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The FOI Advocate is a compendium of ideas, edited story excerpts and other materials from a variety of Web sites, as well as original concepts and analysis. When the information comes directly from another source, it will be attributed and a link will be provided whenever possible. The blog relies on the accuracy and integrity of the original sources cited. We will correct errors and inaccuracies when we become aware of them.

Sunday, July 27, 2008

Here is a nice little nugget on FOI 2.0

From a column on Web 2.0:

Web 2.0 impacts government in many ways. One is simply whistle-blowing –– take IllegalSigns.ca, the clever Toronto "mashup" of government data and Google mapping. It pinpoints the location of illegal billboards and holds city government accountable to remove them.

In Los Angeles, academics and neighborhood activists are collaborating to apply city data to identify blocks with suspiciously high numbers of code violations and property tax delinquencies. The idea: Use "real-time" (current) data to pinpoint problem areas before they escalate.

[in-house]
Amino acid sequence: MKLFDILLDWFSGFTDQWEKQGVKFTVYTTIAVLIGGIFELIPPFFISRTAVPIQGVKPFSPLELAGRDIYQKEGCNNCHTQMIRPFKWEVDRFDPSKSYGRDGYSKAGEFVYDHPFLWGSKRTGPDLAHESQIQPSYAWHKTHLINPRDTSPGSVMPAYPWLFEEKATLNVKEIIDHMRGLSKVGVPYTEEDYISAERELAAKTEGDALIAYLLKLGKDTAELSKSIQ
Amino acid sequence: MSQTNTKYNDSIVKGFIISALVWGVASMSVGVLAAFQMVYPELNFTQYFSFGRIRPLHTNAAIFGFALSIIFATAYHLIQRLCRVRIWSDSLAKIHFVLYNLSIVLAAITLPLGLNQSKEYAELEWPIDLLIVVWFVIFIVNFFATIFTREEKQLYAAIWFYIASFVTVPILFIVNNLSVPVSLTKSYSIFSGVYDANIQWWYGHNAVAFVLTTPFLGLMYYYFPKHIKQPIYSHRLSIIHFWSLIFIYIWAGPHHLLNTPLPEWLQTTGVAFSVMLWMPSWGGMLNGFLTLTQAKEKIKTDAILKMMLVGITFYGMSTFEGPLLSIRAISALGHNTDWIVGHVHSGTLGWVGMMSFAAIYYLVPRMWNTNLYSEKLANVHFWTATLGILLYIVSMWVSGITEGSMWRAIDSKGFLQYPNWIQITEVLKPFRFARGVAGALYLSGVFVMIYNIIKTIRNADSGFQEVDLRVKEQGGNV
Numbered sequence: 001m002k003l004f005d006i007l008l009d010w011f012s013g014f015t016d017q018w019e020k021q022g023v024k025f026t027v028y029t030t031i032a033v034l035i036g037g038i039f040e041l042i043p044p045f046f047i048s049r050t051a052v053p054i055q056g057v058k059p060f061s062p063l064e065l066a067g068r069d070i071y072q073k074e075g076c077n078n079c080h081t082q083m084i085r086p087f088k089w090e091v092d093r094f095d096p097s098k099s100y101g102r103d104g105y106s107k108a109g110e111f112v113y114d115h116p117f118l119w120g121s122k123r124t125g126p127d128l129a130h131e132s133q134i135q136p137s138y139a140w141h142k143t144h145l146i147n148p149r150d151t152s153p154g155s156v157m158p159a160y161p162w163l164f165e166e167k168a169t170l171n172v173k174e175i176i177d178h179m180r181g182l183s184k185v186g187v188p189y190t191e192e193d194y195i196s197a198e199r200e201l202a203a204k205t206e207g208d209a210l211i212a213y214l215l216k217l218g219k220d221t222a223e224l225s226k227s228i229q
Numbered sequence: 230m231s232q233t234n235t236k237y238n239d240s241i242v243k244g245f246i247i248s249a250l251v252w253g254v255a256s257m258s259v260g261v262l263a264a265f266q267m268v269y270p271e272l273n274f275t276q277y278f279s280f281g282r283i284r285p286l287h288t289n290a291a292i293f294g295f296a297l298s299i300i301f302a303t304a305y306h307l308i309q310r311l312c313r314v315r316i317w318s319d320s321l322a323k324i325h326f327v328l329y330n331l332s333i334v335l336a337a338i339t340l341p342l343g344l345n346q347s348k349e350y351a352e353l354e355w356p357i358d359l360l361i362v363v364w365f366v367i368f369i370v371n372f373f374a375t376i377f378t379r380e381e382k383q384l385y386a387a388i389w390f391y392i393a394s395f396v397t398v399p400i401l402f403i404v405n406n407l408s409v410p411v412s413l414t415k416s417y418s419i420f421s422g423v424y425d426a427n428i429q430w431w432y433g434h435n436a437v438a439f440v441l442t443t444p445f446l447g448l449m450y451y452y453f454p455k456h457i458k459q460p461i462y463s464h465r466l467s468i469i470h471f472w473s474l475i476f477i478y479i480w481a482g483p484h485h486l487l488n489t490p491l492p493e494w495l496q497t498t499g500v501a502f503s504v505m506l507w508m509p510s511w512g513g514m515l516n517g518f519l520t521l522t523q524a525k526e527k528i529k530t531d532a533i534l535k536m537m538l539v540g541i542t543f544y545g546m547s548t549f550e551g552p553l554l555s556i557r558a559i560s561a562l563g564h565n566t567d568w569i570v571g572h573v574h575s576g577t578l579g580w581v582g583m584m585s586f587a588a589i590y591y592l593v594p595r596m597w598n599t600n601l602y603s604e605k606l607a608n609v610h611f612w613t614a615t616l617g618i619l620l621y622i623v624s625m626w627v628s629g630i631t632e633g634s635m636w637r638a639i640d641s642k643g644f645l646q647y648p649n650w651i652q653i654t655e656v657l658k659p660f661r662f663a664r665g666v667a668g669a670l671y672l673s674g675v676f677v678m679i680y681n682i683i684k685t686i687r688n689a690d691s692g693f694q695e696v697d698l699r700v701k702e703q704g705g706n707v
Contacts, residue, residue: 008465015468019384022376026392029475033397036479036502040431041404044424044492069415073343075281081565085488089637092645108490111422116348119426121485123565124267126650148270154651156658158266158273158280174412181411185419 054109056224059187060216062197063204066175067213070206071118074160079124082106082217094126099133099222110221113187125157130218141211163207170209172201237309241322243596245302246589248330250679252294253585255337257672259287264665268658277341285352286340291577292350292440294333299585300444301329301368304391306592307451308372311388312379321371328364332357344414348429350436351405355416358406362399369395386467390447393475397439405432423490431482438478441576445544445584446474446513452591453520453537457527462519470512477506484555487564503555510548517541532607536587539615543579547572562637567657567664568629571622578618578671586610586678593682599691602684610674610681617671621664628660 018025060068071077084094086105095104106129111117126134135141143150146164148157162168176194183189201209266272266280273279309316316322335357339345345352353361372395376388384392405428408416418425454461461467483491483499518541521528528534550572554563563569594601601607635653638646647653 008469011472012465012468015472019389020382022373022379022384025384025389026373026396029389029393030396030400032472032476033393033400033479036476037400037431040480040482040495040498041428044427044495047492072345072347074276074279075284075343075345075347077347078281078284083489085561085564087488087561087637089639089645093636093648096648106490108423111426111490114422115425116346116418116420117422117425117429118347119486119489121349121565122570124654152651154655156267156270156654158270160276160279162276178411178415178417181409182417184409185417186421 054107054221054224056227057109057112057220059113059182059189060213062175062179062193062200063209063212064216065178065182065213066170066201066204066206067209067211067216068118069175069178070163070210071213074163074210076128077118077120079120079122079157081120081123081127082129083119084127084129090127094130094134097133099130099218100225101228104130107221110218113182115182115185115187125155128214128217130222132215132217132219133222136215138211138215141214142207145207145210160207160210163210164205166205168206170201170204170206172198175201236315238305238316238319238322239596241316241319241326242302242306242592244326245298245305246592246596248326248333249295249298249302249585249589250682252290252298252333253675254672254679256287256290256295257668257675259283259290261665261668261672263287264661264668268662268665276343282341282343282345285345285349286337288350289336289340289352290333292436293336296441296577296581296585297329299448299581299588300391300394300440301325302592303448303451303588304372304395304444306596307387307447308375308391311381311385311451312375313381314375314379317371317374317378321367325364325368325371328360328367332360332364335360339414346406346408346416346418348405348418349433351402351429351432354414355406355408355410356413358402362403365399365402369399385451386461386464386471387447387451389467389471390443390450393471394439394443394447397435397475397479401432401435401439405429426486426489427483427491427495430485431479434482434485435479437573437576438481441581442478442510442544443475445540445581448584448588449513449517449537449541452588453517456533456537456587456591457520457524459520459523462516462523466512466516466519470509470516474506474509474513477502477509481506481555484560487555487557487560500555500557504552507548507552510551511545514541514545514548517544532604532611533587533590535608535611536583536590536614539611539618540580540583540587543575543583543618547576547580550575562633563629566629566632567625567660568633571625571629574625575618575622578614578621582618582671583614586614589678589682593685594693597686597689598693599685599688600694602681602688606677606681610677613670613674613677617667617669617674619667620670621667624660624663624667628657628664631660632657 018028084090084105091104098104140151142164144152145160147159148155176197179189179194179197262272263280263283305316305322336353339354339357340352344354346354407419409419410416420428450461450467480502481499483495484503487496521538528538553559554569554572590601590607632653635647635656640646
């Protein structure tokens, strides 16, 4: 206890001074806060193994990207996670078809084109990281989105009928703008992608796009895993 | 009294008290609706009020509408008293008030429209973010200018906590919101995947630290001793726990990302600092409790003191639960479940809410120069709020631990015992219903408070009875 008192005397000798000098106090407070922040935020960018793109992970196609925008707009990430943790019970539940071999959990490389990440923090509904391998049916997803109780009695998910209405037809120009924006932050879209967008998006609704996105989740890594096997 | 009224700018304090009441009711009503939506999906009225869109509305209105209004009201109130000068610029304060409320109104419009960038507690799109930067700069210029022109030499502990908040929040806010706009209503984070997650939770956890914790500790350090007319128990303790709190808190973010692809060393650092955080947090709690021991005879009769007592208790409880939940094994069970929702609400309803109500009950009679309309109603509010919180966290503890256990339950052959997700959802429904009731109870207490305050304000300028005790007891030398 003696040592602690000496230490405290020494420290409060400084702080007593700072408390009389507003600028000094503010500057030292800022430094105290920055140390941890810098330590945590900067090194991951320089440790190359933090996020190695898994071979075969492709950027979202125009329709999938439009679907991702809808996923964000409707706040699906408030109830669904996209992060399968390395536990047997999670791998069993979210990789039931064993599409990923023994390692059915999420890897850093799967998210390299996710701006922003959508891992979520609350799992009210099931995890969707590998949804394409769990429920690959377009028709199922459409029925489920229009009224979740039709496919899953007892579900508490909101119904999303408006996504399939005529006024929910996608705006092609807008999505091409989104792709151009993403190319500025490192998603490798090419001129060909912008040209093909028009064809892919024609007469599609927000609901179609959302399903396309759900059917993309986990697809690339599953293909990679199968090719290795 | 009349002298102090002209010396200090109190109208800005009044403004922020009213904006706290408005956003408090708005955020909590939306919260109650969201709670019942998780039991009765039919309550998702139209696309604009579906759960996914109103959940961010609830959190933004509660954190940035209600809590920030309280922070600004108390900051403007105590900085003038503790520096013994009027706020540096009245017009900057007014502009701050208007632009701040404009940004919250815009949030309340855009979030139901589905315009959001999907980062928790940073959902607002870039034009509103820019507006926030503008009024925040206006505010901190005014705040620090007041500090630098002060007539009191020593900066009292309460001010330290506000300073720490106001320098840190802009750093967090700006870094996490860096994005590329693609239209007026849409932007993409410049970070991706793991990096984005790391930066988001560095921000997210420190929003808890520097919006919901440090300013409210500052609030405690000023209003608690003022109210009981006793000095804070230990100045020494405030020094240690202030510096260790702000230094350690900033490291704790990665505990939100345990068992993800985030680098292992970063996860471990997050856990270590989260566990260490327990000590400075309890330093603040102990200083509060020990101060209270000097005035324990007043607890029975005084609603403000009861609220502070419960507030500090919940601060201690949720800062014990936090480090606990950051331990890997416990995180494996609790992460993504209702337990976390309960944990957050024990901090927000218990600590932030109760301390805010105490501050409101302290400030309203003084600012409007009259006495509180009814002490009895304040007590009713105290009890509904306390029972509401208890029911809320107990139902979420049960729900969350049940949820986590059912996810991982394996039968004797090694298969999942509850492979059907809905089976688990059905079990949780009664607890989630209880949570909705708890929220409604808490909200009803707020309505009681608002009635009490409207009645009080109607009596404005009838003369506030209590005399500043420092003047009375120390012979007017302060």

Plus, CrimeReports.com is trying to get police departments nationwide to show and renew daily data on criminal activity by precise street location. A scattering of cities have agreed, among them our nation's capital. (You can test the system yourself –– enter a well-known address such as 1600 Pennsylvania Ave., Washington, D.C.).

There's a fascinating twist to the Web 2.0 story –– its lead city is America's often-maligned national capital. Stephenson argues convincingly that "Washington Mayor Adrian Fenty and his chief technology officer, Vivek Kundra, are this country's hands-down leaders on use of data feeds and data visualization."

Why? I asked Kundra. "There's very little government does that needs to be locked up, sealed, behind closed doors," he replied. Recalling his wonder on coming to America at age 11 (he'd been born in India, raised in Tanzania), Kundra talks with excitement of government focused on serving citizens.

More here.

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